Friday, June 25, 2010

Philip King: University of Canterbury Bookshops’ leader has business acumen
24 Jun 2010 - Booksellers NZ - The Read

Philip King, University Bookshop (UBS) Canterbury, is a trade legend for his entrepreneurial flair.

Which is no doubt why the University of Canterbury bookshop has an active promotional program, and why its city satellite store at Christchurch Hospital does 70 percent of its business in general bookselling.

King (pictured) was a young teacher in Tokoroa when he opened his first bookshop, continuing to teach for the first year while his wife Linda ran the store; then there was a role swap and he left teaching to mind the store while his wife worked as a nurse.
His next bookselling move was to buy Coopers in Otahuhu, South Auckland which he built up over the five years from 1980-85.
A move to the South Island saw the start of a serious bookselling operation, the first store being Philip King Bookseller at Linwood Mall. King was involved in the Nationwide chain (later to evolve as PaperPlus) and was a buyer for stationery and books, though his own store was always more concentrated on books.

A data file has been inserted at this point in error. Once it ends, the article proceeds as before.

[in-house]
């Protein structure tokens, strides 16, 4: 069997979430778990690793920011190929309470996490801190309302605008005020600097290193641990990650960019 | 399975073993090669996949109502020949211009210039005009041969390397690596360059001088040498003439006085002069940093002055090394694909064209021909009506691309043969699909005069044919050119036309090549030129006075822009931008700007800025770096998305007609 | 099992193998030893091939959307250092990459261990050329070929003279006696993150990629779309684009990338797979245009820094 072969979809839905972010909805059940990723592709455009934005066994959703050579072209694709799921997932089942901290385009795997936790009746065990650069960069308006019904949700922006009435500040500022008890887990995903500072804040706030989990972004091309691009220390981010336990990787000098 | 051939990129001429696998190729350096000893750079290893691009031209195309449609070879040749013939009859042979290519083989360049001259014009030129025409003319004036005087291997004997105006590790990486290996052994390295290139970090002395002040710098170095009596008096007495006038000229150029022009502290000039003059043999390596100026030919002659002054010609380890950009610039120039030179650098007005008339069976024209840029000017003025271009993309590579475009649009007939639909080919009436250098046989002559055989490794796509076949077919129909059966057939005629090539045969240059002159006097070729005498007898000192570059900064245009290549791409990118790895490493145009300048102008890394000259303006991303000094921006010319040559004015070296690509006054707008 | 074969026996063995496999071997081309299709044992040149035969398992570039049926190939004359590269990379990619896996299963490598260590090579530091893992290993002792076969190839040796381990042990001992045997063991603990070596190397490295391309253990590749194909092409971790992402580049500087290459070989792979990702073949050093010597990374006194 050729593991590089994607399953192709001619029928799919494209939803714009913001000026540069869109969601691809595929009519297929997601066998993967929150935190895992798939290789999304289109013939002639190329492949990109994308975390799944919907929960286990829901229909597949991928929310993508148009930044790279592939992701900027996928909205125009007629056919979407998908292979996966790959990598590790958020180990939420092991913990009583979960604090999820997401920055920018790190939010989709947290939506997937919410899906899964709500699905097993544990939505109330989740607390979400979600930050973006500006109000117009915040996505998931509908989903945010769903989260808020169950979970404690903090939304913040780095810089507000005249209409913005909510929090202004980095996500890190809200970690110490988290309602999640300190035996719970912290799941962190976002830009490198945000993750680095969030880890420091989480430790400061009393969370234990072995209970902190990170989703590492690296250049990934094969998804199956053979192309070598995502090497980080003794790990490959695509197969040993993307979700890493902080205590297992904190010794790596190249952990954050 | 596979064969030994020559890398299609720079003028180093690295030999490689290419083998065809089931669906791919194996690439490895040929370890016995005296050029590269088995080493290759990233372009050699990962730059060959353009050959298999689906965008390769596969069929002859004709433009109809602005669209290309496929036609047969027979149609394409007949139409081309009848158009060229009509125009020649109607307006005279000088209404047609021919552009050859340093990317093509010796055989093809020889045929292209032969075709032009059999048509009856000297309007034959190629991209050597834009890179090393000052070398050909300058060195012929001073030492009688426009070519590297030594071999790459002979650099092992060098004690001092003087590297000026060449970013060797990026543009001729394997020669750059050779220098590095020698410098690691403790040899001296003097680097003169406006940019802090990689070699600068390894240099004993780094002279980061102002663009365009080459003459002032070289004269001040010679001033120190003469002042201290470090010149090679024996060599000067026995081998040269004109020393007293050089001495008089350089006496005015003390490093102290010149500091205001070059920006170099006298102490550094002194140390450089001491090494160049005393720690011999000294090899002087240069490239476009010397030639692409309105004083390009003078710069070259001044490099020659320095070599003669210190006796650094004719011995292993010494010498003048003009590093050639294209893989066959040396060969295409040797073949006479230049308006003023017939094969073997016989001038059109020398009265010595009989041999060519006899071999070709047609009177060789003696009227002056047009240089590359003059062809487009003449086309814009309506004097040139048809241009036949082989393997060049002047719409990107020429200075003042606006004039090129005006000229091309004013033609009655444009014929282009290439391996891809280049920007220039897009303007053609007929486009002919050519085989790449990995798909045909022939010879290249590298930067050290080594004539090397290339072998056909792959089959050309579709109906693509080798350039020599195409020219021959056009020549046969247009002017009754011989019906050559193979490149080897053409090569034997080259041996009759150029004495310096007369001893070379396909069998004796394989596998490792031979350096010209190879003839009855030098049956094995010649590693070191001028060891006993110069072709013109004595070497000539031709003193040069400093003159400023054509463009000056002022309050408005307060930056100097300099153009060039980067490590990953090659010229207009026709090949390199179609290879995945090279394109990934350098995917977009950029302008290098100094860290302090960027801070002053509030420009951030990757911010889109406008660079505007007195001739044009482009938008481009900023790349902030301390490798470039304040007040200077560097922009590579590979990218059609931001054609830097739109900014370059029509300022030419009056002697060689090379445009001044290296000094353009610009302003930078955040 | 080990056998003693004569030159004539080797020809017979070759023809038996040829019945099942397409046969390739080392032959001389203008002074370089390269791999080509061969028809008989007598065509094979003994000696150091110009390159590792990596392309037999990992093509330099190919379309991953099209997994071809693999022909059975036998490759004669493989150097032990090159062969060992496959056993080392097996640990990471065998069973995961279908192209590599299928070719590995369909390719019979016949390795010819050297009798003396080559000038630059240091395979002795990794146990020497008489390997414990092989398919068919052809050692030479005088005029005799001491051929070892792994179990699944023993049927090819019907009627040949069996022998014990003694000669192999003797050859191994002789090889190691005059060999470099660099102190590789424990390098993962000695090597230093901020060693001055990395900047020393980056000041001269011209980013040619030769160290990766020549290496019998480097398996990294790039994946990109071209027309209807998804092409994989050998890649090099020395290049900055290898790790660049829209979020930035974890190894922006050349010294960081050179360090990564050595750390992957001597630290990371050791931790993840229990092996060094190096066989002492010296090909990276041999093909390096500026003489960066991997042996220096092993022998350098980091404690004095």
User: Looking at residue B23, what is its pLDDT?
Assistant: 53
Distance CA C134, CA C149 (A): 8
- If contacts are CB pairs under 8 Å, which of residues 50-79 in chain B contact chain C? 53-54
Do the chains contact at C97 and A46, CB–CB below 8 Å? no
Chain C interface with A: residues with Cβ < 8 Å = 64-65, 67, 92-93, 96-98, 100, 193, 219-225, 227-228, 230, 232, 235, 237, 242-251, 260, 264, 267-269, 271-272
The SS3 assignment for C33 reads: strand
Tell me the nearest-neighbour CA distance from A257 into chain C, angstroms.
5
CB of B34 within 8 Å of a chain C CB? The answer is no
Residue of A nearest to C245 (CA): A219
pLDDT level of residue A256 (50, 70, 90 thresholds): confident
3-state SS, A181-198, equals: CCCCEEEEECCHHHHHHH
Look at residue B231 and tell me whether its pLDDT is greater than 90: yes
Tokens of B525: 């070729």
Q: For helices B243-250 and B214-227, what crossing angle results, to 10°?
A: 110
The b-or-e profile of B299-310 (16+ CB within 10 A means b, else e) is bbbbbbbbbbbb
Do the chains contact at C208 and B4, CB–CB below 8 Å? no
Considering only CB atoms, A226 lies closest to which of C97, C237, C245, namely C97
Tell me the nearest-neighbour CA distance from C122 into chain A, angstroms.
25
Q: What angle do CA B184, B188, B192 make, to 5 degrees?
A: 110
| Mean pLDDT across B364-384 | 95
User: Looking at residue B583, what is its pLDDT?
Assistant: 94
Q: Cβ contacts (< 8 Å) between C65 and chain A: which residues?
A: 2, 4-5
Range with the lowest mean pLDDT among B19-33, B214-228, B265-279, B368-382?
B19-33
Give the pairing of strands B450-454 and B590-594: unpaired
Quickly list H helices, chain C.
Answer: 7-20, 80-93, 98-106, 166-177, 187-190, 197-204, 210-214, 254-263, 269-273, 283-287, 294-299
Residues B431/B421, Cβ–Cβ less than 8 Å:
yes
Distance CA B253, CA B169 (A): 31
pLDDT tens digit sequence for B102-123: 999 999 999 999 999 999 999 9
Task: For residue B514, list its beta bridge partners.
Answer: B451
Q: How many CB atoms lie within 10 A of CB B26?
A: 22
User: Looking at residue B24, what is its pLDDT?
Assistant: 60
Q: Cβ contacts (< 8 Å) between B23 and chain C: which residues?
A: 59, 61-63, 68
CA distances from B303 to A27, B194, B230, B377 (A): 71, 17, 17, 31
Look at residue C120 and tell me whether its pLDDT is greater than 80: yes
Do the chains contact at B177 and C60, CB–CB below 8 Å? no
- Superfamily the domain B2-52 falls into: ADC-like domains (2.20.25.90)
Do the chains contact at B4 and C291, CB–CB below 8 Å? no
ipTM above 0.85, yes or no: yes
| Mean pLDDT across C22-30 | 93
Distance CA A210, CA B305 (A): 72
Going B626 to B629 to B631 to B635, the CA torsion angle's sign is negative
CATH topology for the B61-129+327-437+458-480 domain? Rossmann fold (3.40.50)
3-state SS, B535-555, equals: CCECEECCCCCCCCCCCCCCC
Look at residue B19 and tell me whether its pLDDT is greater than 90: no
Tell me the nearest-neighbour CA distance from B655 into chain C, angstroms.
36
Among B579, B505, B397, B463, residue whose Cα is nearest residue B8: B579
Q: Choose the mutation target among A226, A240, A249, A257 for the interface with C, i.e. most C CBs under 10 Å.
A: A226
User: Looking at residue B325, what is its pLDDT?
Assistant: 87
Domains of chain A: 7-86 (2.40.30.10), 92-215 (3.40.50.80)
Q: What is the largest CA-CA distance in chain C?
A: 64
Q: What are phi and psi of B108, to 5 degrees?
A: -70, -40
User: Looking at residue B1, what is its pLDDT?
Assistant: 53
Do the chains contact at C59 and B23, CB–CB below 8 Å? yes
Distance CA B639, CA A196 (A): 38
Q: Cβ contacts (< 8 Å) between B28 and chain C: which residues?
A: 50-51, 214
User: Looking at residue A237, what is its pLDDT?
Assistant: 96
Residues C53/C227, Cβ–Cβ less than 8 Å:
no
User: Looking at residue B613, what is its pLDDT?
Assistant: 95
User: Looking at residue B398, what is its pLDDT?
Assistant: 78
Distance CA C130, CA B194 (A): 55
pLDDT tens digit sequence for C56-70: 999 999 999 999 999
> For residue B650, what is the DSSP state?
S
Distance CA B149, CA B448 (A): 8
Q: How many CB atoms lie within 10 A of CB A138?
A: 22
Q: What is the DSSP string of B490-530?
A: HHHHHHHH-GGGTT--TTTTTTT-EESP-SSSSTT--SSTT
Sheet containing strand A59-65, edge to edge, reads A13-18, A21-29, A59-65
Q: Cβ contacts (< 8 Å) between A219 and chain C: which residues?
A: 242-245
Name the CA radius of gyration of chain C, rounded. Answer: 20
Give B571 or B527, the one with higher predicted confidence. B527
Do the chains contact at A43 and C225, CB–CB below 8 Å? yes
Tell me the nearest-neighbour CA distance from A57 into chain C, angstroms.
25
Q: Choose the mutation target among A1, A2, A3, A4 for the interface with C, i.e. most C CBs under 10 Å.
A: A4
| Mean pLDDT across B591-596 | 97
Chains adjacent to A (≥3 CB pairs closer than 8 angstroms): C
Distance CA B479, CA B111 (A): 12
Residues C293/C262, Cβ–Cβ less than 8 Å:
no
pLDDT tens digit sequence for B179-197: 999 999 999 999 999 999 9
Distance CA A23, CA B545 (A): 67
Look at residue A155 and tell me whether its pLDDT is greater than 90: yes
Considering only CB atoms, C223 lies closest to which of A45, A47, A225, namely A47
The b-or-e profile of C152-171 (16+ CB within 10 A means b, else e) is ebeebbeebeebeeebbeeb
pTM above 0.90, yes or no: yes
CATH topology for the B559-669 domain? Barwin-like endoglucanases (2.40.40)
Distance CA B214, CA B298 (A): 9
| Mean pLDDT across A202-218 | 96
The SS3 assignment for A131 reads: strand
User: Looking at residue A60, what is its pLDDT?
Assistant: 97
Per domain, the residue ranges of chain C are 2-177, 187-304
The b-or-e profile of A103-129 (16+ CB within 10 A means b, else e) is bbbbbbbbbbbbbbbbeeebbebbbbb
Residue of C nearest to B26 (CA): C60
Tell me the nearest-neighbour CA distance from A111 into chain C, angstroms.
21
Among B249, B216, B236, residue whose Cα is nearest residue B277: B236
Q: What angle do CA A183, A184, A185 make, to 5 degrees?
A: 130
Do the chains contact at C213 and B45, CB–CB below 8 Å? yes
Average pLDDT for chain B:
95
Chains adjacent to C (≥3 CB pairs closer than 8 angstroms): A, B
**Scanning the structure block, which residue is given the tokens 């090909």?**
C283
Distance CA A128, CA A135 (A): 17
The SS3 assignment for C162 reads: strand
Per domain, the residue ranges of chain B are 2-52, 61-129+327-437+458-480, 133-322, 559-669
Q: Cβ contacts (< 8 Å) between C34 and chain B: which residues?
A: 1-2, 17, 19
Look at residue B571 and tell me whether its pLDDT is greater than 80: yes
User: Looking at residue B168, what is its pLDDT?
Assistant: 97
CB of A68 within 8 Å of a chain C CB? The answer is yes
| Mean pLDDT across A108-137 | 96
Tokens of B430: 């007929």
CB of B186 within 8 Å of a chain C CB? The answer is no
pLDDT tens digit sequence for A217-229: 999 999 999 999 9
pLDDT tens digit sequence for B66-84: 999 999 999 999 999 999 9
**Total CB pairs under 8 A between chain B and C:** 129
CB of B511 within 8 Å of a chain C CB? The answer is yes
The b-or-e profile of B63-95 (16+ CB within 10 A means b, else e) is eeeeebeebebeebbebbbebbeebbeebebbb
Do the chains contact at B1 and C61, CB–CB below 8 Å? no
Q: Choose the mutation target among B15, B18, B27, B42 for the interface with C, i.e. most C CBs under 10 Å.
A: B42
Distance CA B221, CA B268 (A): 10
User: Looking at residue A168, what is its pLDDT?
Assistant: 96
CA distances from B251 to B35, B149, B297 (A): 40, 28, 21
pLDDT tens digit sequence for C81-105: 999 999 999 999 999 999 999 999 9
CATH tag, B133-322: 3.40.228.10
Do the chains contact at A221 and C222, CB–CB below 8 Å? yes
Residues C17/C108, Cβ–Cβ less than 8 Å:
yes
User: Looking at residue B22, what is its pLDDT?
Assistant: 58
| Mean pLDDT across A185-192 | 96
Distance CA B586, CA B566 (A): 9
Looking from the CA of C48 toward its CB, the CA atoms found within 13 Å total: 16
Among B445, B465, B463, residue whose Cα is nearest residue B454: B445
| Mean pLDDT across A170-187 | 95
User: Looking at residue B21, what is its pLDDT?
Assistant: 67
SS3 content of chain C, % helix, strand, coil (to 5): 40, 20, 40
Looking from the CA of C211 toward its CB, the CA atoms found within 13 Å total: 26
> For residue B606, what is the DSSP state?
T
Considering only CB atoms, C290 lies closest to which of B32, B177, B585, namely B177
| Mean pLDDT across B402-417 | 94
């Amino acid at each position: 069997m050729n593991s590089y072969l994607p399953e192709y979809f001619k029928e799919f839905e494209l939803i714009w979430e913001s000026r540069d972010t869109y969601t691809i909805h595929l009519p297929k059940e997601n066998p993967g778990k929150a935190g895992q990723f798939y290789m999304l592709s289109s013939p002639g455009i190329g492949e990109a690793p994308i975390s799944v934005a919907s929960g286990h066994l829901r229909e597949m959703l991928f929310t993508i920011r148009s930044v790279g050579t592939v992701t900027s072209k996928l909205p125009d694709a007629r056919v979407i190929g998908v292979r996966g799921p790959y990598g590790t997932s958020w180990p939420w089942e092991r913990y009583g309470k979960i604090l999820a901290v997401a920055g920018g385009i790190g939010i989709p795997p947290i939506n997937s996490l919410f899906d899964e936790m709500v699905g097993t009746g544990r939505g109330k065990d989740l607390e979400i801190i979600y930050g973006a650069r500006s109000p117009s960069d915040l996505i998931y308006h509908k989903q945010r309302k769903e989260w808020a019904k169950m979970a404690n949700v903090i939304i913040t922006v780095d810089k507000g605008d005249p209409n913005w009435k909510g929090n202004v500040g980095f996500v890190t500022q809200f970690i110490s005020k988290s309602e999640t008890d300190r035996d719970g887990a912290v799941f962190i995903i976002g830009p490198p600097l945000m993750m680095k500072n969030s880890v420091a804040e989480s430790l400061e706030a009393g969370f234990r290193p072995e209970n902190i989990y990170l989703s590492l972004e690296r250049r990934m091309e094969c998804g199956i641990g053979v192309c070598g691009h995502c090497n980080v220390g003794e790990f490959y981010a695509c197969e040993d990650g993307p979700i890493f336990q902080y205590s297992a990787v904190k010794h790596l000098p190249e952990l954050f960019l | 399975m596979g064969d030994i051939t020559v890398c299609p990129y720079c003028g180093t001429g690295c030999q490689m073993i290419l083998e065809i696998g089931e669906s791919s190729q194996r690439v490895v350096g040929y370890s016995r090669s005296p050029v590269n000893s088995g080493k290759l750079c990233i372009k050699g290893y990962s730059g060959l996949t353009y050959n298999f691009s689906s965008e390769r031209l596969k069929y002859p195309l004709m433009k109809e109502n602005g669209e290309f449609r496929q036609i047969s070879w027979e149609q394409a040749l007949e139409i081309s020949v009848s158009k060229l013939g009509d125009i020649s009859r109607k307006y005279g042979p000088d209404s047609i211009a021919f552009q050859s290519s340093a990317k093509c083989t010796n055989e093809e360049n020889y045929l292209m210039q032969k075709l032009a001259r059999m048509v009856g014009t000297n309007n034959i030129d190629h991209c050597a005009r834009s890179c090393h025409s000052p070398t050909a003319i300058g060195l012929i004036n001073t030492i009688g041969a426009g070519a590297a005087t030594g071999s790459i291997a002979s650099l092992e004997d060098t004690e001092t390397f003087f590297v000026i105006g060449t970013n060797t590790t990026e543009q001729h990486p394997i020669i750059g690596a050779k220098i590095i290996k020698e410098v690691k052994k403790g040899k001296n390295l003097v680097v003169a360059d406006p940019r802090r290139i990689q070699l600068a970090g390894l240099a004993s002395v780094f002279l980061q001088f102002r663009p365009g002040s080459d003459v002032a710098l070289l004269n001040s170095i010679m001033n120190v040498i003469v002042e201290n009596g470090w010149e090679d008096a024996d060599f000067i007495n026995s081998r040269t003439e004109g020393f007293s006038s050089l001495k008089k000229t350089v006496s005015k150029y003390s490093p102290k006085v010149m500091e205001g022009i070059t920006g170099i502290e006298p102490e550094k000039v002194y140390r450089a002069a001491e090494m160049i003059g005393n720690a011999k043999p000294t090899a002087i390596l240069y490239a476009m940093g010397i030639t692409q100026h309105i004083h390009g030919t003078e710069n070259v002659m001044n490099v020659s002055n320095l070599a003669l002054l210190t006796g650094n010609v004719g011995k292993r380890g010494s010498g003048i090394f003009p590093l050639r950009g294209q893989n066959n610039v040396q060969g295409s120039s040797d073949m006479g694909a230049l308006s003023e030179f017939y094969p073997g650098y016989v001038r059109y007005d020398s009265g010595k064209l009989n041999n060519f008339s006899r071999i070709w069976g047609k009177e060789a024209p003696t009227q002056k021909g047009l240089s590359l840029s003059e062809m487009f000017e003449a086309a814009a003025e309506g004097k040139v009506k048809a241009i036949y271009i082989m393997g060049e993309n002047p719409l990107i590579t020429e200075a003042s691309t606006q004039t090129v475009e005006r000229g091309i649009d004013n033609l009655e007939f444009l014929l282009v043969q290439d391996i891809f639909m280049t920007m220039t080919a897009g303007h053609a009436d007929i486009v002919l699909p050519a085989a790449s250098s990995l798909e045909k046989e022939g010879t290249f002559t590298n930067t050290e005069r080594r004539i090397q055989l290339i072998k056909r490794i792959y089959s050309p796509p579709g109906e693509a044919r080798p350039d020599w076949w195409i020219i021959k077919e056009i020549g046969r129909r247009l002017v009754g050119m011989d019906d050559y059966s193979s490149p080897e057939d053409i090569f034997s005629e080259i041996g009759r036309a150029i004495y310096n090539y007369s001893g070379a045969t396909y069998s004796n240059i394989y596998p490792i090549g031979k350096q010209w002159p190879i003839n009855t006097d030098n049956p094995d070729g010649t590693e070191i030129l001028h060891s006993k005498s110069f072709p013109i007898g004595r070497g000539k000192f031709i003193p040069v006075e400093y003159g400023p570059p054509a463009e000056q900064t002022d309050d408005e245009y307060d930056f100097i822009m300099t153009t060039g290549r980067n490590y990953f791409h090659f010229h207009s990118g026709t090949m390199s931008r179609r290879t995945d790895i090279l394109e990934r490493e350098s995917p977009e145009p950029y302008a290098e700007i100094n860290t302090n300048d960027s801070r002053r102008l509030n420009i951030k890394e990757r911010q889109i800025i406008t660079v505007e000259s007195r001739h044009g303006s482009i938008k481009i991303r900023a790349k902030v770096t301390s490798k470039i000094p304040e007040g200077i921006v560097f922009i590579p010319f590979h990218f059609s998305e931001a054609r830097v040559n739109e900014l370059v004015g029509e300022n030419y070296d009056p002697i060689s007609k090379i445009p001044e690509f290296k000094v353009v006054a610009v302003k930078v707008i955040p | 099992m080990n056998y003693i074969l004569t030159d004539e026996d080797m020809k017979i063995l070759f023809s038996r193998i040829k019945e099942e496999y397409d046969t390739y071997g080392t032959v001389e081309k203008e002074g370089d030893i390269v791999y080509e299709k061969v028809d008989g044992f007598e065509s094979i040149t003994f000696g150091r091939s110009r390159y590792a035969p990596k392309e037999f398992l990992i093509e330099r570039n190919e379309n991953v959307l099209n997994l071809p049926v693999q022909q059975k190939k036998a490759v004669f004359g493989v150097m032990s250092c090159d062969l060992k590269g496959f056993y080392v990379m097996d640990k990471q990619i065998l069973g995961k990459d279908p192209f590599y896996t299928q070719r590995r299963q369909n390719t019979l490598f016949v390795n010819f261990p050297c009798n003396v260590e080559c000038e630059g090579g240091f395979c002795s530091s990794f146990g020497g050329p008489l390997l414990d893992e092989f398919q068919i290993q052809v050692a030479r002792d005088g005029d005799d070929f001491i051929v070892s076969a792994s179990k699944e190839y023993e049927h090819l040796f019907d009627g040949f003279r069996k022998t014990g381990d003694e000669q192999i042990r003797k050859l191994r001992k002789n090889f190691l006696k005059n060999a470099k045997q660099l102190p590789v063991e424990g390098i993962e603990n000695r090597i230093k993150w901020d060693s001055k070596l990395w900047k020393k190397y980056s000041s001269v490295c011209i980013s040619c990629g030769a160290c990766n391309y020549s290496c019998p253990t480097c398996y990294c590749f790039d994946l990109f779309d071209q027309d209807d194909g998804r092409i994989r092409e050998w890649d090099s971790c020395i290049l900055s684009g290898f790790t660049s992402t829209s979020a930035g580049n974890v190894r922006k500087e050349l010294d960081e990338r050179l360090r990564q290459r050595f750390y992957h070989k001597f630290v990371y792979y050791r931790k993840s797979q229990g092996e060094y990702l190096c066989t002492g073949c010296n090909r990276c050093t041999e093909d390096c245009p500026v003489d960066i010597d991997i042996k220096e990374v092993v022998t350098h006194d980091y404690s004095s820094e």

Stores in Dunedin’s Golden Centre, Riccarton’s Bush Inn and the Big Fresh Shopping Centre in Christchurch followed, and also a city store in Hereford Street: five big stores of 400 sq m each, a staff of 100 including part-timers and a head office above the city store.

Over this time, King also contributed much to the trade, as a Booksellers New Zealand councillor for 12 years, four of them as Chair. His business sense and direct attitude were respected and admired.

Guy Fawkes Day 1993 was explosive for his business. Philip King Bookseller stores had had a loose association with the London Bookshop group, and when London was sold to the then Graeme Hart-owned Whitcoulls, Philip King’s stores were also bought out by Hart, as they had South Island locations that complemented London’s mainly North Island stores. Neither party was privy to their individual sale arrangements with Hart at that time.

So, 1994 was time out and overseas travel. King’s next ambition was to establish a vineyard, but instead he bought a run-down sheep and cattle farm, 915 hectares, near to where he lived in Governor’s Bay (near Lyttelton.) Farmer Philip, together with his wife Sarah Lovell-Smith, planted trees, landscaped the property and rebuilt farm sheds and buildings.
In the process he created an area that every two years becomes the site of Sculpture on the Peninsula, a major Canterbury art event and charity fundraiser.

King’s return to bookselling began with a month long contract in 2002. He was asked to write a report on UBS Canterbury operations for Ian Draper, the MD of Whitcoulls and 50% shareholder of UBS together with University Students Canterbury Association. “I could see the staff rolling their eyes as I strategised a new marketing plan, thinking ‘let’s get this over and he’ll be gone soon,’” says King. In fact he stayed on, restructuring and refurbishing the store.
The full story at Booksellers NZ.  A long piece that is well worth a read.

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